Welcome to Julia Talbot's blog!

Welcome, everyone! Here's where I blather about writing, life with my wife BA, and my two basset hounds! I love to hear from readers, so comment here or email me!

Tuesday, August 06, 2013

why is a pen name a sign of dishonesty?

I read a great article by author Julie Isaac today. You can find it here.

In it, she discusses reasons why authors use pen names, and how they can help a writer diversify, shield their private life, or gain confidence before revealing their real name. She lists some great examples, and I would add authors like my favorites, Elizabeth Peters, who is Barbara Mertz and also writes as Barbara Michaels, as well as Jayne Anne Krentz, who writes as Jayne Castle and Amanda Quick. Elizabeth Lowell writes under her pseudonym with her husband.

It's a literary tradition, the pen name, and the fake biography to go with it, just as illustrated by JK Eowling in Julie's article.

So why is it that in the world of ebook and self-publishing the pen name is often vilified?

Now, I want to note that I'm speaking from my own experience. Julia Talbot is not my real name (gasp). When I first started writing m/m, back in 2000, it was often unsafe to publish under your own name. People sent awful emails about turning us into the FBI for illegal activities. One of my best friends, also a m/m writer, got a vacuum sealed dead cat in the mail. when you have day jobs and children and significant others who might lose their livelihoods, you take a pan name.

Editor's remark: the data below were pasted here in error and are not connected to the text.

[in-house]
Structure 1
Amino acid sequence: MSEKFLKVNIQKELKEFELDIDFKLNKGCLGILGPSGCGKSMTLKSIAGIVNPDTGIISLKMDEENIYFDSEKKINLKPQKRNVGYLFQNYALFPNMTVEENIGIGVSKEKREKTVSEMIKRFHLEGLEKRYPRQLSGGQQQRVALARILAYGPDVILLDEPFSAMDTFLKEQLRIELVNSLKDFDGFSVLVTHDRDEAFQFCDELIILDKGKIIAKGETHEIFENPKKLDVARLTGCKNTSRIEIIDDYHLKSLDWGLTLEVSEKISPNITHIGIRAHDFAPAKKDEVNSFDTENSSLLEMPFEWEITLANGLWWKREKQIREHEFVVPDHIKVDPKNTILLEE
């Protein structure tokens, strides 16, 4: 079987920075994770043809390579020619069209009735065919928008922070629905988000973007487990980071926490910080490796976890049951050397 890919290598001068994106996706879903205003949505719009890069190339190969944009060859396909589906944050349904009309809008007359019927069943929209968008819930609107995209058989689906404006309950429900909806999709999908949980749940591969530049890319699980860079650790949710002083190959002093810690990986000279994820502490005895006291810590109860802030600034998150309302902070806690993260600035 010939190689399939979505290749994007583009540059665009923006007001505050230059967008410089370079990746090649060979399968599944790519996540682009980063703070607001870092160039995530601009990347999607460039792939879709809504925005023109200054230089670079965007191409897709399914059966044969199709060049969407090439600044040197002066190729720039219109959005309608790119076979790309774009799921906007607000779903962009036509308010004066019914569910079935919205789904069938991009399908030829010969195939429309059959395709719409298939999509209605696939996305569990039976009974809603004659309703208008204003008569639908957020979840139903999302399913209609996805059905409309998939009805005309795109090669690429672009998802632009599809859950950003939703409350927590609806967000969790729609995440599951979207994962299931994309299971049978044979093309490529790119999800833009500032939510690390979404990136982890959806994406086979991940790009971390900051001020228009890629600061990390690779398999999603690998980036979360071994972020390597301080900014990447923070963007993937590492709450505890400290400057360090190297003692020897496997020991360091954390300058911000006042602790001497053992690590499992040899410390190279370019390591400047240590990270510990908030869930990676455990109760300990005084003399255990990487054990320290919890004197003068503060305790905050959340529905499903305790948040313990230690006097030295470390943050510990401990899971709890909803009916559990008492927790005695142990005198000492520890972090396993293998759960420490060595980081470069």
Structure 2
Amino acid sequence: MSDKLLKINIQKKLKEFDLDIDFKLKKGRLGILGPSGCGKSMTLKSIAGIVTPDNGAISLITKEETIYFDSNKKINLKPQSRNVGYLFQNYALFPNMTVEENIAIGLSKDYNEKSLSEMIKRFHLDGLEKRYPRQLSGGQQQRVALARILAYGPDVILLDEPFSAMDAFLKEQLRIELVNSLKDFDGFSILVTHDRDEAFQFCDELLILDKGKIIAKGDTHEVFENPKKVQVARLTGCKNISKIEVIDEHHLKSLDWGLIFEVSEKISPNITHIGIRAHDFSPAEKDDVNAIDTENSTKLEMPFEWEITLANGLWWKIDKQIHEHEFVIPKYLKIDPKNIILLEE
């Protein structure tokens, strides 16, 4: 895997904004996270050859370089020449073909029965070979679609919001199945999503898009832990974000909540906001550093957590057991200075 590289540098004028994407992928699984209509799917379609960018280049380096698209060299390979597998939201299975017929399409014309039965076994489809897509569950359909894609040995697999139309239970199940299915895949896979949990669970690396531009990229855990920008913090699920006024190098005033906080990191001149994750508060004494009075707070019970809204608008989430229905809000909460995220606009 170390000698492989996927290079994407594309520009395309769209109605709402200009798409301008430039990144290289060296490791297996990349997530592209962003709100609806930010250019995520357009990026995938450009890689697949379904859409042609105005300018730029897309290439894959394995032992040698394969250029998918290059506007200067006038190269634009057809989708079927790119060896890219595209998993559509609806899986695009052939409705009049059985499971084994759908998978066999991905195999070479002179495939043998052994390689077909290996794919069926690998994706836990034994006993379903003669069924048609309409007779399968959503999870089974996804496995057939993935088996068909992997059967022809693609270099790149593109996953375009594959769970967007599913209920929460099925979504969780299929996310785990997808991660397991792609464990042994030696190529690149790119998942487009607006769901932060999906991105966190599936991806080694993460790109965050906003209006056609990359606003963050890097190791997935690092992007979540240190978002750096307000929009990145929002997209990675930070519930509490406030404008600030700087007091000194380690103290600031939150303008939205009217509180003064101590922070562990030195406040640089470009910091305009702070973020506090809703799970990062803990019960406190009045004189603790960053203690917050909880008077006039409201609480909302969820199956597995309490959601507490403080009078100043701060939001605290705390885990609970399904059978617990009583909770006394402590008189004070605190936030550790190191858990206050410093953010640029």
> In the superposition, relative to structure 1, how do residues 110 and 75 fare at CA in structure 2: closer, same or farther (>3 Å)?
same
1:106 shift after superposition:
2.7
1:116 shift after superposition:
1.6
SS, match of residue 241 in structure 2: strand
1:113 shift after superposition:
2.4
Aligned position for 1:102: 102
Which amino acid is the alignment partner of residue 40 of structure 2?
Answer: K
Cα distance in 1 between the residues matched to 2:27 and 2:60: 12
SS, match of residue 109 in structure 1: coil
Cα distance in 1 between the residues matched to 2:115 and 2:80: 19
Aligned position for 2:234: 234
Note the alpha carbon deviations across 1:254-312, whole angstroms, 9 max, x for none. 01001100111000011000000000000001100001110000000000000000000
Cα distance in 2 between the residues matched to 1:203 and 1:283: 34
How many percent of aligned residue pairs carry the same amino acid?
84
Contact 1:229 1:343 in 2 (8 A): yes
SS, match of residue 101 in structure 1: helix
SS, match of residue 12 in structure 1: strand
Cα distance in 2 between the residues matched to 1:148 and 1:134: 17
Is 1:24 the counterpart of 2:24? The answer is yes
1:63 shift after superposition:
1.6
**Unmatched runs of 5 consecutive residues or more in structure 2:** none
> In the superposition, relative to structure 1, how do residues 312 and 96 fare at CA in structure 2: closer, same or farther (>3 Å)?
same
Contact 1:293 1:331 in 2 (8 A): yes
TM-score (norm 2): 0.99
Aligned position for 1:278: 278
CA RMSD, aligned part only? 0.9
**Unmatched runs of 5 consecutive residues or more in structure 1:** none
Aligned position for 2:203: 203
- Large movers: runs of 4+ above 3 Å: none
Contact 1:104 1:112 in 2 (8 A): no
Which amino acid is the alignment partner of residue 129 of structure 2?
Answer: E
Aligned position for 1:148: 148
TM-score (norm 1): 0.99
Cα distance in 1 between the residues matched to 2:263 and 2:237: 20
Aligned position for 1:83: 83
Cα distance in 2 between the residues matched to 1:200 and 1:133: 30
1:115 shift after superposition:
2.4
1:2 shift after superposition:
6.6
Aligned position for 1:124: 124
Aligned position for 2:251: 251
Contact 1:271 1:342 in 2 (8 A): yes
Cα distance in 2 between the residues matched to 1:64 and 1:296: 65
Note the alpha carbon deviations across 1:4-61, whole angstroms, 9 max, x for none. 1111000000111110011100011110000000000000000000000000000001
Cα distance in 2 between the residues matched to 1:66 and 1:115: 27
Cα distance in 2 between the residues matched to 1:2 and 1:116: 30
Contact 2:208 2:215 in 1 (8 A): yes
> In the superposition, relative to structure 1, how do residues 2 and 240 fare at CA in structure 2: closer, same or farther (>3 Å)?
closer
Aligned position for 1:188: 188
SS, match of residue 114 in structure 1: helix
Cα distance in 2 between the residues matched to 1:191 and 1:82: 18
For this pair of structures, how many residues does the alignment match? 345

Then, when I got fairly good at crafting a m/m story, I started publishing with the GLBT publishers. They often asked me to shorten my pen name to J Talbot, just to be less gender specific. I thought about changing my pseudonym to Jules Talbot. I wrote one story under another name. Chris Wolfe. (My middle name is Christina, my Great Grandma's maiden name was Wolfe)

Funny things began to happen. People started accusing me of being dishonest when they "found me out". Readers started trying to tell me I was also any number of other writers on the market. Bloggers posted terrible things about my primary publishers, calling them on a "lack of transparency".

So, why is such a tradition suddenly considered dishonest? I have a theory. The internet age is all about instant access. The days of the writer hiding out in a garret is a thing of the past (though it was mostly fiction, anyway). Fans, bloggers, even publishers believe that they have a right to the real Julia Talbot, whoever that is, and they want personal interaction. No one wants to believe that writers, especially those of us who write erotic romance, are middle aged, or pathologically shy, or just plain bad at human interaction. The instant gratification, the Internet construct, makes it harder and harder for an author to maintain a private life under another name.

So, is it really dishonest to have a pen name. I don't think so, and I was really glad to see Julie's article describe the reasons why writers might want to use one!

What are y'all's thoughts?



No comments: